Football giants had X-Factor
By Dick Clerkin
Saturday evening’s encounter between Tyrone and Kerry meant many things to many people.
Revenge, posterity, pride, honour, all lingered around the terraces.
In pure football terms, Fitzgerald Stadium played host to the remnants of two of the greatest teams of all time. I say remnants, because many of the main protagonists that featured in this rolling rivalry have since left the stage. What remains are still two excellent teams, but as they would admit themselves, they are a far cry from those who dominated throughout the last decade.
When football historians look back on both sides, they will be ranked up there as high as any.
The majority of my career has coincided with their reign.
In league and Championship, I’ve played Tyrone on seven occasions — with only a solitary league win in 2010. I lost to the Kingdom four times between League and Championship, leaving them the only team in Ireland that Monaghan did not beat on our travels over the past 10 or so years.
Many of those games were decided by the slimmest of margins, and by in large we competed very well against them. Yet when all is said and done, we will have to admit that they were both just too good for us. Obviously the two narrow defeats in 2007 will be looked as the ones that got away.
Tyrone were there for the taking, but a combination of naivety and inexperience gave them a seven point head start that couldn’t be hauled back.
A similar lack of craft handicapped us against Kerry in our All-Ireland quarter-final meeting. I’ve no doubt a win in either of these games would have propelled us towards greater things over the following years... C’est la vie.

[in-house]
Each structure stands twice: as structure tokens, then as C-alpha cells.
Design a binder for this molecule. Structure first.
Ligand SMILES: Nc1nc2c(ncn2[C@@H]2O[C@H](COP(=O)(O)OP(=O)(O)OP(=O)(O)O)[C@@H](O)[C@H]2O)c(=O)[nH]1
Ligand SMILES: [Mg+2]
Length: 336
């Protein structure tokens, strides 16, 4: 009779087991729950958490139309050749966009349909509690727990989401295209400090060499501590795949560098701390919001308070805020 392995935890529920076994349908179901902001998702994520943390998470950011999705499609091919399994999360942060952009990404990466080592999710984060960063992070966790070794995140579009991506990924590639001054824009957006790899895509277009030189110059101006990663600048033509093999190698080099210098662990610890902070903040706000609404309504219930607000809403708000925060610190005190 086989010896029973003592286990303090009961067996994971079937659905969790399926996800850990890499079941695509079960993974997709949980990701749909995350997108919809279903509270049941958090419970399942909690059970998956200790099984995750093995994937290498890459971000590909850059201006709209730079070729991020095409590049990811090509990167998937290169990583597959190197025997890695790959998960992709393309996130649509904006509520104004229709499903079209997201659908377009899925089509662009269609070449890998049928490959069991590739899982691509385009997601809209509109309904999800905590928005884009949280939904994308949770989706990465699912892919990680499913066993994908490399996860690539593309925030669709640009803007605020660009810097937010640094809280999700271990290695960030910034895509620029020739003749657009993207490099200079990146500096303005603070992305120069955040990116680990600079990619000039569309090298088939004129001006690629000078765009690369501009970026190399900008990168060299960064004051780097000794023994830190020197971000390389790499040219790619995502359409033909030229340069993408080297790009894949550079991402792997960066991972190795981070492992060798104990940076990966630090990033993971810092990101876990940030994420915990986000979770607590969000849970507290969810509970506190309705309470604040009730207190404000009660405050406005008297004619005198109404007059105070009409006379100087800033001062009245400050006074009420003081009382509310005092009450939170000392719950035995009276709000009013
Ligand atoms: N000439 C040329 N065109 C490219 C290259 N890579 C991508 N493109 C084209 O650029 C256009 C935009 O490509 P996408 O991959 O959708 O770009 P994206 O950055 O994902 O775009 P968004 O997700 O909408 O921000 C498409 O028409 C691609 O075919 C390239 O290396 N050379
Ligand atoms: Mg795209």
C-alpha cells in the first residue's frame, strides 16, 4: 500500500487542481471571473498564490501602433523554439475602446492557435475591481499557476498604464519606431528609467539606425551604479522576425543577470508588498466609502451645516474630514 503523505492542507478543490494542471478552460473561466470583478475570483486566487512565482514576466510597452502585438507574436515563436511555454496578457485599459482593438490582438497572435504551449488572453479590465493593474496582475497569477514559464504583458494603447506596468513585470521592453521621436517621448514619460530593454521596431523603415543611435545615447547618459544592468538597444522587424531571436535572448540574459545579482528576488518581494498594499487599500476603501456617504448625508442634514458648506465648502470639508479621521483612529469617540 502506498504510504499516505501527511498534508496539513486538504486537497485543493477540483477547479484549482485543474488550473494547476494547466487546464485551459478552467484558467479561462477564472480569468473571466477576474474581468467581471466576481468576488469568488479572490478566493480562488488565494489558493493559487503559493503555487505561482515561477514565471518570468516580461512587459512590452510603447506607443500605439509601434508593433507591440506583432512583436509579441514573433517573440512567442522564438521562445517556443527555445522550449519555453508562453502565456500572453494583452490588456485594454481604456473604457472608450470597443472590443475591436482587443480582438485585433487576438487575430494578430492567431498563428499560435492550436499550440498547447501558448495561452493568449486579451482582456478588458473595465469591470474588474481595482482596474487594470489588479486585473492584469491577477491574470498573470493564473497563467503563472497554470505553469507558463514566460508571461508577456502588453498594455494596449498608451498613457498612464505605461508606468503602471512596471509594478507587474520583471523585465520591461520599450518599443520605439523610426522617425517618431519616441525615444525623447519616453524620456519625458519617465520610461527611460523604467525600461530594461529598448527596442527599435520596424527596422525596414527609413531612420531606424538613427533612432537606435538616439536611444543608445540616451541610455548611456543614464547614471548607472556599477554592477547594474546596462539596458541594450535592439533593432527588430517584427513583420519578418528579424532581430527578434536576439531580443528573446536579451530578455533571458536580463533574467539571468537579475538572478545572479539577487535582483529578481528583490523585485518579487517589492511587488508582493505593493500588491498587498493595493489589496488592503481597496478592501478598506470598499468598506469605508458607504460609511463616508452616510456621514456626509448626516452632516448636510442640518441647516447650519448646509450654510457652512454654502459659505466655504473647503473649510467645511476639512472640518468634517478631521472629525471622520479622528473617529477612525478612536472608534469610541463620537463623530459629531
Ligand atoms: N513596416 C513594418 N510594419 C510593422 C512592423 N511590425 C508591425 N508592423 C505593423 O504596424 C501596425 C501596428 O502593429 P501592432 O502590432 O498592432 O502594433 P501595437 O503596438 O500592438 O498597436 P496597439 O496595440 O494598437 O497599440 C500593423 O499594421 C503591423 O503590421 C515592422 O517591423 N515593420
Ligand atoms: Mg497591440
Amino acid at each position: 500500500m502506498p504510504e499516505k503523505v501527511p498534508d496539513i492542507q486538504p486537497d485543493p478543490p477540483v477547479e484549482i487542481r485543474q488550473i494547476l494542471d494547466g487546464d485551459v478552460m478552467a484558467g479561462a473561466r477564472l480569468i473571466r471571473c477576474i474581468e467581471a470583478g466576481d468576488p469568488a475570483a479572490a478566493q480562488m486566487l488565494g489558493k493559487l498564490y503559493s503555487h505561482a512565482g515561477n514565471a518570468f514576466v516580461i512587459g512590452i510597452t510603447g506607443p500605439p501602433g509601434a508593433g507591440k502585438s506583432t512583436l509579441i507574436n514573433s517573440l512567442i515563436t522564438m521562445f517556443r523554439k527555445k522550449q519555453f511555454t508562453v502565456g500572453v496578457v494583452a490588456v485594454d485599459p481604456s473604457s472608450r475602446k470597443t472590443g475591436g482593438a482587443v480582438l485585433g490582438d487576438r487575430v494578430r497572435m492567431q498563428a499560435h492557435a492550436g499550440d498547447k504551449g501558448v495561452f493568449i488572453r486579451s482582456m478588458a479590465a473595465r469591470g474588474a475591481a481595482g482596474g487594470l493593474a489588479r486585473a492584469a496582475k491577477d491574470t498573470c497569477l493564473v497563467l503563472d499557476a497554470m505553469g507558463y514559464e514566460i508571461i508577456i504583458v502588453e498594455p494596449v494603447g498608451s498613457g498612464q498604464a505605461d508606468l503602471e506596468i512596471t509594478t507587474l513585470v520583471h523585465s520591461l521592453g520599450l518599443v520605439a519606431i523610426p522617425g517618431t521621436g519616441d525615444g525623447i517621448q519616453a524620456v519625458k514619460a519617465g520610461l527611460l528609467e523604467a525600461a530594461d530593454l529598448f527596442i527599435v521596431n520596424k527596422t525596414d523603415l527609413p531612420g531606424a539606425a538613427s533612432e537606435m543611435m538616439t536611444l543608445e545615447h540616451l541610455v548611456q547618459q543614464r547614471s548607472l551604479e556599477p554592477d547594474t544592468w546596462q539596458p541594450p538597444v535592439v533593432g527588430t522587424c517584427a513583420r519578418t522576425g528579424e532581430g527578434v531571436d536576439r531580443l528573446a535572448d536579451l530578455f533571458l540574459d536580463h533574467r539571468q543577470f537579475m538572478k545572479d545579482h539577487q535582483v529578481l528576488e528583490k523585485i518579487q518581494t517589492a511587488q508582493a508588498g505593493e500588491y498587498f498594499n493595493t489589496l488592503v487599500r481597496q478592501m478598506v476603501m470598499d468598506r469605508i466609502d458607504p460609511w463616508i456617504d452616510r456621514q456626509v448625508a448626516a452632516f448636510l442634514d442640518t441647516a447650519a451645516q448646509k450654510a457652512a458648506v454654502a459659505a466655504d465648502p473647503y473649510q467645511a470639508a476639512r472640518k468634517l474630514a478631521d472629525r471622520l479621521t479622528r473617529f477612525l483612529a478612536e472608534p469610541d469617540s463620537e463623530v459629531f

Truthfully, those moral victories proved to be more of a hindrance than anything. Instead of asking the hard questions as to why we lost, we patted ourselves on the back for getting so close. The potential was there to beat these teams in Championship football. We were just missing the key ingredient: the ‘X-Factor’ that separates the good from the great teams.
The ability to win playing poorly, but also knowing how to edge out tight games, are traits that both Kerry and Tyrone displayed in abundance over these years.
On top of that, you can add lashings and lashings of ruthlessness and cynicism. Nice guys finish last, and neither side suffered fools in this regard. While many of these players are absolute gentlemen off the field, I can tell you, they are the exact opposite on it. Not one to be shining a halo or anything, many of my darker moments came in games against these two teams. Every time we went out against these lads we had to fight tooth and nail for any degree of possession or parity. When entering the lion’s den you have to be prepared to do whatever it takes to survive!
One thing that many commentators overlooked when analysing both Kerry and Tyrone was the level of physicality and aggression they brought to their game. Blinkered by their undoubted quality they were rarely described as physical or cynical teams, labels that were thrust upon us at every turn.
While both were equally imposing, I enjoyed playing against Kerry more than Tyrone. Kerry would always allow you to go toe-to-toe with them, Tyrone possessed an amazing ability to beat you in ways that contradicted everything traditional Gaelic footballers know. Our defeat in the 2010 Ulster final was a prime example of this. Dominating the midfield exchange 60/40 and keeping their full forward line scoreless from play we still lost that game by 10 points. Who else would this happen against?
Tyrone’s 2005 side will go down as one of the greatest and complete teams of all time. Kerry’s 2007/8 crop were equally awesome. In 2008 Kerry were easily the best team in the country and their All-Ireland final defeat by Tyrone will surely be the one they regret the most.
Kerry beating Tyrone on home soil last Saturday night will give a large degree of solace to many of the Kerry players that suffered at the hands of Mickey Harte’s troops over the years. However they will equally realise that this was not the same Tyrone team they failed to master during the period of their respective dominance.
Yet, when all is said and done, both sets of players will look back with equal measures of respect, knowing their rivalry helped raise their standards to levels others couldn’t compete with. Home